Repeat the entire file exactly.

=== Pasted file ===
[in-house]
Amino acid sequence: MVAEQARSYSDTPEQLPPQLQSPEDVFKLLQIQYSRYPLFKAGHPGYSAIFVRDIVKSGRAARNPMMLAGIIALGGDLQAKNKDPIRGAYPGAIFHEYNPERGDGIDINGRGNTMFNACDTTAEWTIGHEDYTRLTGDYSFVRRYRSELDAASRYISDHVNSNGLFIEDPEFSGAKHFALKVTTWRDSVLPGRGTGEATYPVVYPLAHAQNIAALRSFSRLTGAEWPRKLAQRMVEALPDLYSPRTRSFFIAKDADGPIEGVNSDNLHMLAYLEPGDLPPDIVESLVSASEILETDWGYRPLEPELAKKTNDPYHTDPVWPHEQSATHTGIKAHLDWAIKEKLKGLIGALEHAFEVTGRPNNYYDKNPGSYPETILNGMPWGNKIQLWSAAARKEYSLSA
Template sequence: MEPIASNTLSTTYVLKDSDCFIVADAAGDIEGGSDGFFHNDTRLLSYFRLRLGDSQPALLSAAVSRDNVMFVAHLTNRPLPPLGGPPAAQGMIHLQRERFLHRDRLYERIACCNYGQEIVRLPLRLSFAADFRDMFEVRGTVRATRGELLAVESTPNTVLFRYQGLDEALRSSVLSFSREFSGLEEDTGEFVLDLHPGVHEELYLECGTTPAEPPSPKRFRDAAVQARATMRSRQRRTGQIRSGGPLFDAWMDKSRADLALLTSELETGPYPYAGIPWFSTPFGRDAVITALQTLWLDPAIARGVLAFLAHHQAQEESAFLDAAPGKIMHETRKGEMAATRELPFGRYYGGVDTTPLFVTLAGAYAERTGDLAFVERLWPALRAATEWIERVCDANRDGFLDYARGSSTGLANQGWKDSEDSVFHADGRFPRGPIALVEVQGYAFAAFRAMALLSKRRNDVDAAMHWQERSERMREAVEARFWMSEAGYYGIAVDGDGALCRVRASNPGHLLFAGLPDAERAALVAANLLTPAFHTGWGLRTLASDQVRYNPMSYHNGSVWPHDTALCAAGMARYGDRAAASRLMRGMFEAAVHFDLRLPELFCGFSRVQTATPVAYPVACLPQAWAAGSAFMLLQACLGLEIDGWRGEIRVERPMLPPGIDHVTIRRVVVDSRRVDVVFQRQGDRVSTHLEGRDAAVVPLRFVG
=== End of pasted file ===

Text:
[in-house]
Amino acid sequence: MVAEQARSYSDTPEQLPPQLQSPEDVFKLLQIQYSRYPLFKAGHPGYSAIFVRDIVKSGRAARNPMMLAGIIALGGDLQAKNKDPIRGAYPGAIFHEYNPERGDGIDINGRGNTMFNACDTTAEWTIGHEDYTRLTGDYSFVRRYRSELDAASRYISDHVNSNGLFIEDPEFSGAKHFALKVTTWRDSVLPGRGTGEATYPVVYPLAHAQNIAALRSFSRLTGAEWPRKLAQRMVEALPDLYSPRTRSFFIAKDADGPIEGVNSDNLHMLAYLEPGDLPPDIVESLVSASEILETDWGYRPLEPELAKKTNDPYHTDPVWPHEQSATHTGIKAHLDWAIKEKLKGLIGALEHAFEVTGRPNNYYDKNPGSYPETILNGMPWGNKIQLWSAAARKEYSLSA
Template sequence: MEPIASNTLSTTYVLKDSDCFIVADAAGDIEGGSDGFFHNDTRLLSYFRLRLGDSQPALLSAAVSRDNVMFVAHLTNRPLPPLGGPPAAQGMIHLQRERFLHRDRLYERIACCNYGQEIVRLPLRLSFAADFRDMFEVRGTVRATRGELLAVESTPNTVLFRYQGLDEALRSSVLSFSREFSGLEEDTGEFVLDLHPGVHEELYLECGTTPAEPPSPKRFRDAAVQARATMRSRQRRTGQIRSGGPLFDAWMDKSRADLALLTSELETGPYPYAGIPWFSTPFGRDAVITALQTLWLDPAIARGVLAFLAHHQAQEESAFLDAAPGKIMHETRKGEMAATRELPFGRYYGGVDTTPLFVTLAGAYAERTGDLAFVERLWPALRAATEWIERVCDANRDGFLDYARGSSTGLANQGWKDSEDSVFHADGRFPRGPIALVEVQGYAFAAFRAMALLSKRRNDVDAAMHWQERSERMREAVEARFWMSEAGYYGIAVDGDGALCRVRASNPGHLLFAGLPDAERAALVAANLLTPAFHTGWGLRTLASDQVRYNPMSYHNGSVWPHDTALCAAGMARYGDRAAASRLMRGMFEAAVHFDLRLPELFCGFSRVQTATPVAYPVACLPQAWAAGSAFMLLQACLGLEIDGWRGEIRVERPMLPPGIDHVTIRRVVVDSRRVDVVFQRQGDRVSTHLEGRDAAVVPLRFVG